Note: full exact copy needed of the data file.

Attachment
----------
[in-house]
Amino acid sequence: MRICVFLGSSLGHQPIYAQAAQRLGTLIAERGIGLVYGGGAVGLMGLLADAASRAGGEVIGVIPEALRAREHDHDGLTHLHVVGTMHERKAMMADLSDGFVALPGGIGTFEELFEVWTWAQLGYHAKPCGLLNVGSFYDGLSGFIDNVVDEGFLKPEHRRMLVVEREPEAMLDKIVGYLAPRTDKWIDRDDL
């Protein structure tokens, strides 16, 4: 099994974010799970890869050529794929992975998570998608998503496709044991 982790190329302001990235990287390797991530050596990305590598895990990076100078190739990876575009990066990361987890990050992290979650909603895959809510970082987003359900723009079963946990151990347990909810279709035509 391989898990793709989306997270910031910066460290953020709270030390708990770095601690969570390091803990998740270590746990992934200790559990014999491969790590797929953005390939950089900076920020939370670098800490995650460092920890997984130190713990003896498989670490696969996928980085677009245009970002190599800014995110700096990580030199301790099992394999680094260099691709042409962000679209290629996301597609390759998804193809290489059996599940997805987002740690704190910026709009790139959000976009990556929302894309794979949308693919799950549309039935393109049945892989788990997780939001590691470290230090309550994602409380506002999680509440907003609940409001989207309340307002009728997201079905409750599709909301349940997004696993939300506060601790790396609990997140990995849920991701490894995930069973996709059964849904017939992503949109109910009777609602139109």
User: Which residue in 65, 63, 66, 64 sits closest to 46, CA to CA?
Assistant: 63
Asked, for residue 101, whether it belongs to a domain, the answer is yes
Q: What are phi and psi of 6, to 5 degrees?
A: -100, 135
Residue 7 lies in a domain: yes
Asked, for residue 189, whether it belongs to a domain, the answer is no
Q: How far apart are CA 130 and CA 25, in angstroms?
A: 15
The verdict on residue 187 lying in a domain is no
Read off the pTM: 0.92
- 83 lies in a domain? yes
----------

[in-house]
Amino acid sequence: MRICVFLGSSLGHQPIYAQAAQRLGTLIAERGIGLVYGGGAVGLMGLLADAASRAGGEVIGVIPEALRAREHDHDGLTHLHVVGTMHERKAMMADLSDGFVALPGGIGTFEELFEVWTWAQLGYHAKPCGLLNVGSFYDGLSGFIDNVVDEGFLKPEHRRMLVVEREPEAMLDKIVGYLAPRTDKWIDRDDL
């Protein structure tokens, strides 16, 4: 099994974010799970890869050529794929992975998570998608998503496709044991 982790190329302001990235990287390797991530050596990305590598895990990076100078190739990876575009990066990361987890990050992290979650909603895959809510970082987003359900723009079963946990151990347990909810279709035509 391989898990793709989306997270910031910066460290953020709270030390708990770095601690969570390091803990998740270590746990992934200790559990014999491969790590797929953005390939950089900076920020939370670098800490995650460092920890997984130190713990003896498989670490696969996928980085677009245009970002190599800014995110700096990580030199301790099992394999680094260099691709042409962000679209290629996301597609390759998804193809290489059996599940997805987002740690704190910026709009790139959000976009990556929302894309794979949308693919799950549309039935393109049945892989788990997780939001590691470290230090309550994602409380506002999680509440907003609940409001989207309340307002009728997201079905409750599709909301349940997004696993939300506060601790790396609990997140990995849920991701490894995930069973996709059964849904017939992503949109109910009777609602139109």
User: Which residue in 65, 63, 66, 64 sits closest to 46, CA to CA?
Assistant: 63
Asked, for residue 101, whether it belongs to a domain, the answer is yes
Q: What are phi and psi of 6, to 5 degrees?
A: -100, 135
Residue 7 lies in a domain: yes
Asked, for residue 189, whether it belongs to a domain, the answer is no
Q: How far apart are CA 130 and CA 25, in angstroms?
A: 15
The verdict on residue 187 lying in a domain is no
Read off the pTM: 0.92
- 83 lies in a domain? yes